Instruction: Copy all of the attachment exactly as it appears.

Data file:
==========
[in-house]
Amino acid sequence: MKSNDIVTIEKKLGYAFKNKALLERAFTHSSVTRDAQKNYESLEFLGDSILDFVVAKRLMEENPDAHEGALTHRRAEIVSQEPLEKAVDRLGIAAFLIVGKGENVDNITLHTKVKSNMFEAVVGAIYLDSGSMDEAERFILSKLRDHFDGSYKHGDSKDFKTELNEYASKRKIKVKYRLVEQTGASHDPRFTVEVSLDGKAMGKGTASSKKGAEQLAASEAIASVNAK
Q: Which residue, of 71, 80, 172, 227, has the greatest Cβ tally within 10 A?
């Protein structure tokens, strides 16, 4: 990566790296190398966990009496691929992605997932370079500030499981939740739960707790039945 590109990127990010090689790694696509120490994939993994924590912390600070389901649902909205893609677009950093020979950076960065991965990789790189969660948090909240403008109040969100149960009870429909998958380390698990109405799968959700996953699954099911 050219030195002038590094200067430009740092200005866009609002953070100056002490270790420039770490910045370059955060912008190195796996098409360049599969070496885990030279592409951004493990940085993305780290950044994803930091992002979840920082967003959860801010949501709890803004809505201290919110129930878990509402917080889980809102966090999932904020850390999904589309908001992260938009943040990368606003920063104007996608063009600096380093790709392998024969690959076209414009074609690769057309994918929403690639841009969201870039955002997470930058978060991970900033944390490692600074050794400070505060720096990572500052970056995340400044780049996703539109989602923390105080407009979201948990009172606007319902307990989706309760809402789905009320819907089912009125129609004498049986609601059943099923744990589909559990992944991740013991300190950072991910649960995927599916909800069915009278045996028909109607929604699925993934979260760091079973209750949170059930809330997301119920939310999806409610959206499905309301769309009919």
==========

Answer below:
[in-house]
Amino acid sequence: MKSNDIVTIEKKLGYAFKNKALLERAFTHSSVTRDAQKNYESLEFLGDSILDFVVAKRLMEENPDAHEGALTHRRAEIVSQEPLEKAVDRLGIAAFLIVGKGENVDNITLHTKVKSNMFEAVVGAIYLDSGSMDEAERFILSKLRDHFDGSYKHGDSKDFKTELNEYASKRKIKVKYRLVEQTGASHDPRFTVEVSLDGKAMGKGTASSKKGAEQLAASEAIASVNAK
Q: Which residue, of 71, 80, 172, 227, has the greatest Cβ tally within 10 A?
């Protein structure tokens, strides 16, 4: 990566790296190398966990009496691929992605997932370079500030499981939740739960707790039945 590109990127990010090689790694696509120490994939993994924590912390600070389901649902909205893609677009950093020979950076960065991965990789790189969660948090909240403008109040969100149960009870429909998958380390698990109405799968959700996953699954099911 050219030195002038590094200067430009740092200005866009609002953070100056002490270790420039770490910045370059955060912008190195796996098409360049599969070496885990030279592409951004493990940085993305780290950044994803930091992002979840920082967003959860801010949501709890803004809505201290919110129930878990509402917080889980809102966090999932904020850390999904589309908001992260938009943040990368606003920063104007996608063009600096380093790709392998024969690959076209414009074609690769057309994918929403690639841009969201870039955002997470930058978060991970900033944390490692600074050794400070505060720096990572500052970056995340400044780049996703539109989602923390105080407009979201948990009172606007319902307990989706309760809402789905009320819907089912009125129609004498049986609601059943099923744990589909559990992944991740013991300190950072991910649960995927599916909800069915009278045996028909109607929604699925993934979260760091079973209750949170059930809330997301119920939310999806409610959206499905309301769309009919």